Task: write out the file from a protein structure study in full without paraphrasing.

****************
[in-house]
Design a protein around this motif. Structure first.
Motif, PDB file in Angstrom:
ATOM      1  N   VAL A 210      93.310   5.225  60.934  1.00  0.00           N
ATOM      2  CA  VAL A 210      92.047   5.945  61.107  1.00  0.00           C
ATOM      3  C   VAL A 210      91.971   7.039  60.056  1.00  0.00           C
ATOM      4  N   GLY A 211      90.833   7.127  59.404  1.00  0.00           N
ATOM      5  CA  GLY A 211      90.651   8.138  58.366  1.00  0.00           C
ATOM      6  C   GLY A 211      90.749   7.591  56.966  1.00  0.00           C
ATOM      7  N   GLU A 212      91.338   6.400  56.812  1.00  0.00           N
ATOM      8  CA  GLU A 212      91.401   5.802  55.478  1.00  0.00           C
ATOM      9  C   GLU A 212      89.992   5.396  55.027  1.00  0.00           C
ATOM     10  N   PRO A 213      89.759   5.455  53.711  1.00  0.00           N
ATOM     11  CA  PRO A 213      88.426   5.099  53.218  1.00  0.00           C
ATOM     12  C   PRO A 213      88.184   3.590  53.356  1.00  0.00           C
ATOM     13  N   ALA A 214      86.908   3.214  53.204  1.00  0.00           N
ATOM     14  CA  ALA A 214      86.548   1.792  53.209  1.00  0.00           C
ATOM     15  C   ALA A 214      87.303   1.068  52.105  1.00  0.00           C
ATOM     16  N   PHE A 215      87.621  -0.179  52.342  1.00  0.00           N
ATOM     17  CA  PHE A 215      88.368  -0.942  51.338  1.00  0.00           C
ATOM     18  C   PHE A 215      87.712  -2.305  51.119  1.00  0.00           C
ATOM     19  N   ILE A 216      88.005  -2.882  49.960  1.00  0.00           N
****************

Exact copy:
[in-house]
Design a protein around this motif. Structure first.
Motif, PDB file in Angstrom:
ATOM      1  N   VAL A 210      93.310   5.225  60.934  1.00  0.00           N
ATOM      2  CA  VAL A 210      92.047   5.945  61.107  1.00  0.00           C
ATOM      3  C   VAL A 210      91.971   7.039  60.056  1.00  0.00           C
ATOM      4  N   GLY A 211      90.833   7.127  59.404  1.00  0.00           N
ATOM      5  CA  GLY A 211      90.651   8.138  58.366  1.00  0.00           C
ATOM      6  C   GLY A 211      90.749   7.591  56.966  1.00  0.00           C
ATOM      7  N   GLU A 212      91.338   6.400  56.812  1.00  0.00           N
ATOM      8  CA  GLU A 212      91.401   5.802  55.478  1.00  0.00           C
ATOM      9  C   GLU A 212      89.992   5.396  55.027  1.00  0.00           C
ATOM     10  N   PRO A 213      89.759   5.455  53.711  1.00  0.00           N
ATOM     11  CA  PRO A 213      88.426   5.099  53.218  1.00  0.00           C
ATOM     12  C   PRO A 213      88.184   3.590  53.356  1.00  0.00           C
ATOM     13  N   ALA A 214      86.908   3.214  53.204  1.00  0.00           N
ATOM     14  CA  ALA A 214      86.548   1.792  53.209  1.00  0.00           C
ATOM     15  C   ALA A 214      87.303   1.068  52.105  1.00  0.00           C
ATOM     16  N   PHE A 215      87.621  -0.179  52.342  1.00  0.00           N
ATOM     17  CA  PHE A 215      88.368  -0.942  51.338  1.00  0.00           C
ATOM     18  C   PHE A 215      87.712  -2.305  51.119  1.00  0.00           C
ATOM     19  N   ILE A 216      88.005  -2.882  49.960  1.00  0.00           N